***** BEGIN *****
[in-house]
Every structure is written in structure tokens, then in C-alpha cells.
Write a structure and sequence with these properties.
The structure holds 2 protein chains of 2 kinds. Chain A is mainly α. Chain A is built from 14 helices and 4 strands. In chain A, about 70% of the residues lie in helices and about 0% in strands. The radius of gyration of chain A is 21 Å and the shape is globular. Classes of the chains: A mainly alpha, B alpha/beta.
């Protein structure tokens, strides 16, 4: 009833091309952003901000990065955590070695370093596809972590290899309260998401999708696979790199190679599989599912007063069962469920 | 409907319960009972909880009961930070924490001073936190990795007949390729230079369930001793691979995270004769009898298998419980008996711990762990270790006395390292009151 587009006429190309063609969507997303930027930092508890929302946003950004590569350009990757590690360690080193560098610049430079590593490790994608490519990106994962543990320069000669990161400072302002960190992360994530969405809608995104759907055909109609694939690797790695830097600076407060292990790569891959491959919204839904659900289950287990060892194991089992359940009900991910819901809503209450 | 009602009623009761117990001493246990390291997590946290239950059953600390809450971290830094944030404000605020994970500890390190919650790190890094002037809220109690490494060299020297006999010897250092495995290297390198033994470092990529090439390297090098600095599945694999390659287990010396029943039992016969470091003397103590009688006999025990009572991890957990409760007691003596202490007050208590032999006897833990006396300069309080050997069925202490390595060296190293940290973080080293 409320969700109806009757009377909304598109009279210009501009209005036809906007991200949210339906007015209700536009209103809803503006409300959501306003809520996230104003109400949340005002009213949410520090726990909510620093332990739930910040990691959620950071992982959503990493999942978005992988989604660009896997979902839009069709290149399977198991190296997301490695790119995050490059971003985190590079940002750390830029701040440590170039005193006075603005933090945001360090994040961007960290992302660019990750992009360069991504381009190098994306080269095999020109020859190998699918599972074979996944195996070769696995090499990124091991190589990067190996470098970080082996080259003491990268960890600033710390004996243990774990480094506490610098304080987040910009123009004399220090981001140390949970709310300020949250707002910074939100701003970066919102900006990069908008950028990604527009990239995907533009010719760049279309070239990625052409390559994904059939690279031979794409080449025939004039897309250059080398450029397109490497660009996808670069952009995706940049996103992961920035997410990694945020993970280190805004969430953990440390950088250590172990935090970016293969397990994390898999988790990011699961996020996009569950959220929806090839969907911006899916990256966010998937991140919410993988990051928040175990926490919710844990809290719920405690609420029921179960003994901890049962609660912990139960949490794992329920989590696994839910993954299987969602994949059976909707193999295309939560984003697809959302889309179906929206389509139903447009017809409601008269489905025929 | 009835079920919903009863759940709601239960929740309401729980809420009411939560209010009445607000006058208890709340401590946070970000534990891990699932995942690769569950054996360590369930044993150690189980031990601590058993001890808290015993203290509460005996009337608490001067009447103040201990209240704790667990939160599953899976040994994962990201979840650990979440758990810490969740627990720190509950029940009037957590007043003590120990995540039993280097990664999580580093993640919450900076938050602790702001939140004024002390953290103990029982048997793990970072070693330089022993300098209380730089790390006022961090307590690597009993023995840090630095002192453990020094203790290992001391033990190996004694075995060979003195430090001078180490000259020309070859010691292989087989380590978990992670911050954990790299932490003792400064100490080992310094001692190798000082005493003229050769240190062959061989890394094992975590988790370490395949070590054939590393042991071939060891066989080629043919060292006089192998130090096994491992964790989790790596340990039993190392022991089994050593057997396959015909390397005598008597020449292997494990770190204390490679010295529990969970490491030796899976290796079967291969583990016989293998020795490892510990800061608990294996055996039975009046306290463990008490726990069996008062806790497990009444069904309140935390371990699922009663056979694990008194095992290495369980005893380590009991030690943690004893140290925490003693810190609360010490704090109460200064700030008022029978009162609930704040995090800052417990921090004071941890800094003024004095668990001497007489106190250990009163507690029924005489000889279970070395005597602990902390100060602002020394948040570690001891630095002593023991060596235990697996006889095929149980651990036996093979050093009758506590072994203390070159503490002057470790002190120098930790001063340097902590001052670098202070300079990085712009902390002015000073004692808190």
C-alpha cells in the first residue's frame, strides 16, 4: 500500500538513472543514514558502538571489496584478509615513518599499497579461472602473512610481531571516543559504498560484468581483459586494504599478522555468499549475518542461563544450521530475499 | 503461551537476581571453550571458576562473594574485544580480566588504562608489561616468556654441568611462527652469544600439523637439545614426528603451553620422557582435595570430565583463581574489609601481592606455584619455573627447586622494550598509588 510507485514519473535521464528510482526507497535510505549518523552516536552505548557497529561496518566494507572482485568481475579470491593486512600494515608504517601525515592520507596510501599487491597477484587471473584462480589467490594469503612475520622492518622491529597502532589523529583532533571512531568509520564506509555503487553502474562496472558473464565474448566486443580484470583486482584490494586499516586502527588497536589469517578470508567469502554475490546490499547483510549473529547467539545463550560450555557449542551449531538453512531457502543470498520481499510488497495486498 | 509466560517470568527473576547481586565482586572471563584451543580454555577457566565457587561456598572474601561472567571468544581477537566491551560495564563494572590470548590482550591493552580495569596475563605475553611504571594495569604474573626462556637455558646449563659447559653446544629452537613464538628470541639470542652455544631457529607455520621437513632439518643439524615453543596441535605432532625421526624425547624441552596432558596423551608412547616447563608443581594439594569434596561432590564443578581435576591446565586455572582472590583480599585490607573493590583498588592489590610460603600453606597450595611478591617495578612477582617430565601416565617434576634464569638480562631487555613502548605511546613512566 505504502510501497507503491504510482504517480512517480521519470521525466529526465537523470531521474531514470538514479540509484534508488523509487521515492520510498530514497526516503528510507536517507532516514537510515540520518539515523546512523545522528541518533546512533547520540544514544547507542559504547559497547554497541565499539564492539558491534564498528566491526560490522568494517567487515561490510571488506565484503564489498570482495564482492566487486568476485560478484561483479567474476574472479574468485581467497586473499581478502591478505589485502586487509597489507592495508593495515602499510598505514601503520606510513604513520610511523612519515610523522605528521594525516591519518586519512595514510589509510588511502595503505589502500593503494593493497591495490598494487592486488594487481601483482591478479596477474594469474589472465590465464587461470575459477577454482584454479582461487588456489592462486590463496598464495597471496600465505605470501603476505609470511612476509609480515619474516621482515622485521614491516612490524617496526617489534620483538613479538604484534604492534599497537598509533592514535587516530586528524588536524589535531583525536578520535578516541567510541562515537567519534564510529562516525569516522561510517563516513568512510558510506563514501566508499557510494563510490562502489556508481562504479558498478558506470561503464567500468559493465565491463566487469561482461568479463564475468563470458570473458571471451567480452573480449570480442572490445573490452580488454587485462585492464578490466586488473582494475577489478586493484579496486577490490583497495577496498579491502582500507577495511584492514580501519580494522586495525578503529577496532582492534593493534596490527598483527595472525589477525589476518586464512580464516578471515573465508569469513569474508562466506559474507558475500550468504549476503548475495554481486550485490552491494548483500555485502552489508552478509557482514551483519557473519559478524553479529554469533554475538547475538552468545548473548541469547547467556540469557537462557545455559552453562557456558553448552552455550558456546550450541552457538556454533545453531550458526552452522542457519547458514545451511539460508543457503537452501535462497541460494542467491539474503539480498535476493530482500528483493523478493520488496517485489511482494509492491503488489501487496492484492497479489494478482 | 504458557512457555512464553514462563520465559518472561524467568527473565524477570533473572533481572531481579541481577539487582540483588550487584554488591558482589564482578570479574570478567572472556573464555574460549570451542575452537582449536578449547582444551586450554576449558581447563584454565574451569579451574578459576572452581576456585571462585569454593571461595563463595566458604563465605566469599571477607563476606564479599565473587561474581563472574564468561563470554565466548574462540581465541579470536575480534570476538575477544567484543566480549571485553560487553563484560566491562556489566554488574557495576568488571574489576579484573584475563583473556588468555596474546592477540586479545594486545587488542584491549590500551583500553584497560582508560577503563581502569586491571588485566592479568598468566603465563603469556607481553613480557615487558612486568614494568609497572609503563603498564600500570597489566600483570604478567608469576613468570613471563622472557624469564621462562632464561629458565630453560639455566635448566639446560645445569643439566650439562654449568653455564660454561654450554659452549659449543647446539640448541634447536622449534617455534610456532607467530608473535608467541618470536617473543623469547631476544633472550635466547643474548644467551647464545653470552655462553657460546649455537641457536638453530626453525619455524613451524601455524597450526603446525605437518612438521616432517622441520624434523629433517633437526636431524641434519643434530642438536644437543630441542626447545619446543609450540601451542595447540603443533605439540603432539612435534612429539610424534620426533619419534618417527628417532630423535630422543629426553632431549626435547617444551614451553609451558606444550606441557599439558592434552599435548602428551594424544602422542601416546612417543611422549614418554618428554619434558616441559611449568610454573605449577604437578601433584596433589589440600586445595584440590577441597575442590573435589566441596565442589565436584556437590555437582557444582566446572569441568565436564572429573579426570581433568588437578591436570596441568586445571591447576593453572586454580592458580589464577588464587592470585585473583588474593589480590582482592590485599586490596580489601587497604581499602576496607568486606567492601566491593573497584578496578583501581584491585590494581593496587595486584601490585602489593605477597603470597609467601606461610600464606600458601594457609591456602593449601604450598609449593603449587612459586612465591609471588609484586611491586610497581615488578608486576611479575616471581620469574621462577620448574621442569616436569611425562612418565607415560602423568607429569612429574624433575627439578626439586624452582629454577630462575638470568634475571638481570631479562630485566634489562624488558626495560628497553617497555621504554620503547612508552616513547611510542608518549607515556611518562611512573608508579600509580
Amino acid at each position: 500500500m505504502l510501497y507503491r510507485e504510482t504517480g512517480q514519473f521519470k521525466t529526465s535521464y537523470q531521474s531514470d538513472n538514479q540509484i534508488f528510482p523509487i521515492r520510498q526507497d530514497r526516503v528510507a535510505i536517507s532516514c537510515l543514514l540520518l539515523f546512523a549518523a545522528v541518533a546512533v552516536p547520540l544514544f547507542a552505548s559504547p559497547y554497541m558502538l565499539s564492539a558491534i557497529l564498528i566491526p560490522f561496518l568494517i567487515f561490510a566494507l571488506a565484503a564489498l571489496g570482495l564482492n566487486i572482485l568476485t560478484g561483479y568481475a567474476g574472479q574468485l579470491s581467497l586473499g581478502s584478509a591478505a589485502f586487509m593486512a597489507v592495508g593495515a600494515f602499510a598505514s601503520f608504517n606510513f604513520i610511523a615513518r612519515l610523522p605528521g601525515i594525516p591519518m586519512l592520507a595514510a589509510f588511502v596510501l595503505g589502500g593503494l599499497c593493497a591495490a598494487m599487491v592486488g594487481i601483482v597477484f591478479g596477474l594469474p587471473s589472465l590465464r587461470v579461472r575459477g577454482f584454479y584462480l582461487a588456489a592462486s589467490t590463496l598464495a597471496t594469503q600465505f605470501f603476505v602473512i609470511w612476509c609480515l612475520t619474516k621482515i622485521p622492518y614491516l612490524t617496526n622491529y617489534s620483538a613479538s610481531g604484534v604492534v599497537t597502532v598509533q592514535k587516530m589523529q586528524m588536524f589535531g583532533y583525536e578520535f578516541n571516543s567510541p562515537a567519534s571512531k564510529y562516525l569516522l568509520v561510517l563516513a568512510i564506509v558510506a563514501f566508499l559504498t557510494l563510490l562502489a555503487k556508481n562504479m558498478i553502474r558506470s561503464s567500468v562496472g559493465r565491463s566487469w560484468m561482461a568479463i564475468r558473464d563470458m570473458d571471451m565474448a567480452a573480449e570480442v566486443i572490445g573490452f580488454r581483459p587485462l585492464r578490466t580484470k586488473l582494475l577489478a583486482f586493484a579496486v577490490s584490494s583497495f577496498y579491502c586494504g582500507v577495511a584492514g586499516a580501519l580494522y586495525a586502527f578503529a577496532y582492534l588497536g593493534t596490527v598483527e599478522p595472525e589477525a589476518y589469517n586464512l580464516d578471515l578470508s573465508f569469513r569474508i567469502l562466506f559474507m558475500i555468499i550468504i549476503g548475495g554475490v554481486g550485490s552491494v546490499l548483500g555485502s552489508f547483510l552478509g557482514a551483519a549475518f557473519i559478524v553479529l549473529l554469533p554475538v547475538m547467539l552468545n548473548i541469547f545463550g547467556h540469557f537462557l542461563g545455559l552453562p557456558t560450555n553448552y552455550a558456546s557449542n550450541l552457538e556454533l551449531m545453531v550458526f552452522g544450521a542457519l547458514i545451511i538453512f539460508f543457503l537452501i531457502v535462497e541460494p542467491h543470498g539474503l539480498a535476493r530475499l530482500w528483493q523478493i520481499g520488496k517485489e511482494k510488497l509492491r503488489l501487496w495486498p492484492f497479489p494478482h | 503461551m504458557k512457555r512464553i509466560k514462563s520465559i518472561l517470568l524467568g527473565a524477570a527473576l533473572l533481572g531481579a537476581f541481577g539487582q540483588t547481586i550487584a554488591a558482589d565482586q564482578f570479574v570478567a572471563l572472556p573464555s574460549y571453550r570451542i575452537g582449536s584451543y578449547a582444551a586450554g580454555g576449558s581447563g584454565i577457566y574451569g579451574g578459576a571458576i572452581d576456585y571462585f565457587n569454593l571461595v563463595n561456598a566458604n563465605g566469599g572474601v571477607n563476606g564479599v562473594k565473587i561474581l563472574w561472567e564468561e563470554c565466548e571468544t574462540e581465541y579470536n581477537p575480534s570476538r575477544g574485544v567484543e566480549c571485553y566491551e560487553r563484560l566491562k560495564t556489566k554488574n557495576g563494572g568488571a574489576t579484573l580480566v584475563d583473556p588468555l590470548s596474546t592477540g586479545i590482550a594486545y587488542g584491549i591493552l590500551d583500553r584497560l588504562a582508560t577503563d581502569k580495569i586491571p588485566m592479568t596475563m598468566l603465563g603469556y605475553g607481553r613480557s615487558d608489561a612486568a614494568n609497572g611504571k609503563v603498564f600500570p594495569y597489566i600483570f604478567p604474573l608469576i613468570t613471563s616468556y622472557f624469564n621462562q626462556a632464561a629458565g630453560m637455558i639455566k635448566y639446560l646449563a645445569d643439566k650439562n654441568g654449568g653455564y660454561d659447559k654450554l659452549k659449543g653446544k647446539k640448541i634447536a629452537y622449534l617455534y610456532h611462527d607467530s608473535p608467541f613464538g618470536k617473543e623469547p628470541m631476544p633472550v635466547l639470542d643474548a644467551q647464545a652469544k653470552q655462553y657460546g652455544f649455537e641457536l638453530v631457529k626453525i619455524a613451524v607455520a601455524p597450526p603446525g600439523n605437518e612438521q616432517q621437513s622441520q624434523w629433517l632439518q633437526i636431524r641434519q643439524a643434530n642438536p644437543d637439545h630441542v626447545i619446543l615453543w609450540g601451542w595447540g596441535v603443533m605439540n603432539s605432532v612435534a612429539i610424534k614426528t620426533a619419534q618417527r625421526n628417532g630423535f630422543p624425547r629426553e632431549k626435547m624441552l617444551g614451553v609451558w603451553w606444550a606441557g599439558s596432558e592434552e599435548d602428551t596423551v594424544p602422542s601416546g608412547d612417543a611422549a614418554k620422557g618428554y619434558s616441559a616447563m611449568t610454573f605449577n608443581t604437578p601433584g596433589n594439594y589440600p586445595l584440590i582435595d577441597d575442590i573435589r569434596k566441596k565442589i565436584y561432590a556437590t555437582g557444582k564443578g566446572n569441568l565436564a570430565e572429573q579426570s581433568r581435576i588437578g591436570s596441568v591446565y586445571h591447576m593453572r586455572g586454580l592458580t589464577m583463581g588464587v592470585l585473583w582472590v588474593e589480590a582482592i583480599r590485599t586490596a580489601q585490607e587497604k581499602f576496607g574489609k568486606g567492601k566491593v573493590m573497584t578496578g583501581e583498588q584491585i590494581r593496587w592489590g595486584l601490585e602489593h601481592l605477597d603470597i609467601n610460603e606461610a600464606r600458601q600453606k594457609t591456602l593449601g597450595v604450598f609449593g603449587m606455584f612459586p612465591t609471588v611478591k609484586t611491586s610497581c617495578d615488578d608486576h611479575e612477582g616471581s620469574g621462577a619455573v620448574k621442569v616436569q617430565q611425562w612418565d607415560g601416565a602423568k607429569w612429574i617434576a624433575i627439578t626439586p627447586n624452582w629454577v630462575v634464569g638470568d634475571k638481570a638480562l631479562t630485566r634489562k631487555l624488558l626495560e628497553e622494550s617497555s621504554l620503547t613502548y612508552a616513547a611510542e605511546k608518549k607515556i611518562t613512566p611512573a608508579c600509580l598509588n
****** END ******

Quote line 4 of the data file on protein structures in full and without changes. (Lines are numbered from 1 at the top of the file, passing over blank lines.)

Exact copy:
The structure holds 2 protein chains of 2 kinds. Chain A is mainly α. Chain A is built from 14 helices and 4 strands. In chain A, about 70% of the residues lie in helices and about 0% in strands. The radius of gyration of chain A is 21 Å and the shape is globular. Classes of the chains: A mainly alpha, B alpha/beta.